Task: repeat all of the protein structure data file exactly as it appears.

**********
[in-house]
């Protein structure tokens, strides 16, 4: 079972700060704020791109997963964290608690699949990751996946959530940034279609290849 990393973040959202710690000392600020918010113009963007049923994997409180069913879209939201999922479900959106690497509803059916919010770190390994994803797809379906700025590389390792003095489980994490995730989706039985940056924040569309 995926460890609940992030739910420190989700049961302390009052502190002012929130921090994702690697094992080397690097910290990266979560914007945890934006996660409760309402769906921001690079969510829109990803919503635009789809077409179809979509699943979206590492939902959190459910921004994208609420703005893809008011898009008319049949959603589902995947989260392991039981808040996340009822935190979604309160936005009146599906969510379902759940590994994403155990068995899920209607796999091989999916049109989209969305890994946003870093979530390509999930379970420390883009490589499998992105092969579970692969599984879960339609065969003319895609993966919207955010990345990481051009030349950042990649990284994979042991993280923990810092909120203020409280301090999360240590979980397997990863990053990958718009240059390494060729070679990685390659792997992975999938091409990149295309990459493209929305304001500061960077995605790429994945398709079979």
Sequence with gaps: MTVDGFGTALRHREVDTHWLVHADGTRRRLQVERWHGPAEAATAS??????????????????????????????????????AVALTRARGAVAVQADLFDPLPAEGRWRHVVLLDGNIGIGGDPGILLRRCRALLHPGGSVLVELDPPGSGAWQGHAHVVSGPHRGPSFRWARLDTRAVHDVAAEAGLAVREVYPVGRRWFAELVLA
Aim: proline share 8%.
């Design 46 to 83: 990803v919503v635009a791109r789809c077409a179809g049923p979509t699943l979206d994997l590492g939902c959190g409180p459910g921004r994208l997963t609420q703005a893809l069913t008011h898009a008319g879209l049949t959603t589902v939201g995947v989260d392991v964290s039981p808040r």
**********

[in-house]
């Protein structure tokens, strides 16, 4: 079972700060704020791109997963964290608690699949990751996946959530940034279609290849 990393973040959202710690000392600020918010113009963007049923994997409180069913879209939201999922479900959106690497509803059916919010770190390994994803797809379906700025590389390792003095489980994490995730989706039985940056924040569309 995926460890609940992030739910420190989700049961302390009052502190002012929130921090994702690697094992080397690097910290990266979560914007945890934006996660409760309402769906921001690079969510829109990803919503635009789809077409179809979509699943979206590492939902959190459910921004994208609420703005893809008011898009008319049949959603589902995947989260392991039981808040996340009822935190979604309160936005009146599906969510379902759940590994994403155990068995899920209607796999091989999916049109989209969305890994946003870093979530390509999930379970420390883009490589499998992105092969579970692969599984879960339609065969003319895609993966919207955010990345990481051009030349950042990649990284994979042991993280923990810092909120203020409280301090999360240590979980397997990863990053990958718009240059390494060729070679990685390659792997992975999938091409990149295309990459493209929305304001500061960077995605790429994945398709079979």
Sequence with gaps: MTVDGFGTALRHREVDTHWLVHADGTRRRLQVERWHGPAEAATAS??????????????????????????????????????AVALTRARGAVAVQADLFDPLPAEGRWRHVVLLDGNIGIGGDPGILLRRCRALLHPGGSVLVELDPPGSGAWQGHAHVVSGPHRGPSFRWARLDTRAVHDVAAEAGLAVREVYPVGRRWFAELVLA
Aim: proline share 8%.
């Design 46 to 83: 990803v919503v635009a791109r789809c077409a179809g049923p979509t699943l979206d994997l590492g939902c959190g409180p459910g921004r994208l997963t609420q703005a893809l069913t008011h898009a008319g879209l049949t959603t589902v939201g995947v989260d392991v964290s039981p808040r």